Heart disease is an umbrella term for any type of disorder that affects the heart. Difficulty in taking rapid steps may indicate the risk of chronic heart illness. Older adults with walking problems are at a higher risk of developing heart diseases, shows a new study.
The study, published in the journal of the American Geriatrics Society, stated that the link between heart disease risk factors and walking difficulties was greater in people belonging to the older age group.
‘Aging is associated with a progressive decline in numerous physiological processes, leading to an increased risk of health complications and heart diseases.’
Aging enhances the problems of balance, muscle strength and flexibility, physical strength that could also lead to numerous limitations and disabilities.
Heart disease risk factors such as smoking, living with diabetes, obesity or being physically inactive were linked to having a slower walking speed, the researchers noted.
The study, led by Emerald G. Heiland, researcher at the Karolinska University in Sweden, studied over participants aged 60 and above. The participants neither had heart disease at the start of the study nor any problems with walking speed, balance or chair standing exercises.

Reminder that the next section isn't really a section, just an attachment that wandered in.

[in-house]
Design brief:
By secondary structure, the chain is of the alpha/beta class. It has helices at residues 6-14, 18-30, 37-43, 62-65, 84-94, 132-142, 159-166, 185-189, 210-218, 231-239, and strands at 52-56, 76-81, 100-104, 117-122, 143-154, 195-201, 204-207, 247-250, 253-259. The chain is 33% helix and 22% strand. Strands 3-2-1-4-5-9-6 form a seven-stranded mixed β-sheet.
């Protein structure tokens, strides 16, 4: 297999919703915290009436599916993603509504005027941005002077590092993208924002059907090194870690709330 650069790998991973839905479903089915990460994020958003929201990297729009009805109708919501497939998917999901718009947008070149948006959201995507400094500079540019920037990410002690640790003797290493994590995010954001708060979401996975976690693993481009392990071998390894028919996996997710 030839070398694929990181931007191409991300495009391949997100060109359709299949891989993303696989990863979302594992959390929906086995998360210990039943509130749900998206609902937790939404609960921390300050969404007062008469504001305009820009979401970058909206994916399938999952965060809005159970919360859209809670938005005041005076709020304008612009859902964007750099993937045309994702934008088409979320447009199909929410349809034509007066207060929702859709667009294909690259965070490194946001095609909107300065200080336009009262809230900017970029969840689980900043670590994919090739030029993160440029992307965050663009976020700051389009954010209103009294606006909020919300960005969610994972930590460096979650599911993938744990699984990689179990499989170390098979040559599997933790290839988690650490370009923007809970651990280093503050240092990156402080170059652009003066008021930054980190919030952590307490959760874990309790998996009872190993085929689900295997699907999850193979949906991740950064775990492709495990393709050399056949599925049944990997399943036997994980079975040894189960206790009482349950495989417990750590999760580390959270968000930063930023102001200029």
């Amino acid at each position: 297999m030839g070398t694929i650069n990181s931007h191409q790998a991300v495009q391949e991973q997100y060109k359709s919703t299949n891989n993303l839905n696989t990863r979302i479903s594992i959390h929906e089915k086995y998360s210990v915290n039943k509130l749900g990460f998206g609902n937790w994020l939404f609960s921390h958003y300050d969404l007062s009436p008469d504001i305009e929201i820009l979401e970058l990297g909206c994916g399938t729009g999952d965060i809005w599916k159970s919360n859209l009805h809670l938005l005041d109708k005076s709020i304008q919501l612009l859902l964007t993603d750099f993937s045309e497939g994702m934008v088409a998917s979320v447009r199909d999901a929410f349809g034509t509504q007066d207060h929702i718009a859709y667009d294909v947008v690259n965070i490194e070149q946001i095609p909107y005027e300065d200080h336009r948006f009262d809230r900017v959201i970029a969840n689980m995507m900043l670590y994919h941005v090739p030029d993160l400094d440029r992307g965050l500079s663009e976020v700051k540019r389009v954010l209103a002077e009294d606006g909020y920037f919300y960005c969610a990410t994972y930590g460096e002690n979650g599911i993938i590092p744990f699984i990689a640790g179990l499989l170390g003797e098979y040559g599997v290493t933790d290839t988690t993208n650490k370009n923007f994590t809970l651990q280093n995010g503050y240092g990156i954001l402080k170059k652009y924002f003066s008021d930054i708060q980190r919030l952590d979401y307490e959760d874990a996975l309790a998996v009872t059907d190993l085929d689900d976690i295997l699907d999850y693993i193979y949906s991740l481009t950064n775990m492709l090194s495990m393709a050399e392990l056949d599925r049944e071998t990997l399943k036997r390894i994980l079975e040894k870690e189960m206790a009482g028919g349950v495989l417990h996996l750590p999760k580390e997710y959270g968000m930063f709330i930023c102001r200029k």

Researchers considered participants' physical activity levels, alcohol consumption, body mass index and the cognitive abilities that helps to think and make decisions.
In addition, the blood levels of C-reactive protein (CRP) were also tested. High CRP levels point to a higher risk for heart diseases, which remains a serious concern for older people.
The results showed that the more risk factors people had for heart disease, the faster their decline in walking speed.
The researchers concluded that reducing heart disease risk factors with appropriate treatments might help "younger" older adults maintain their physical function.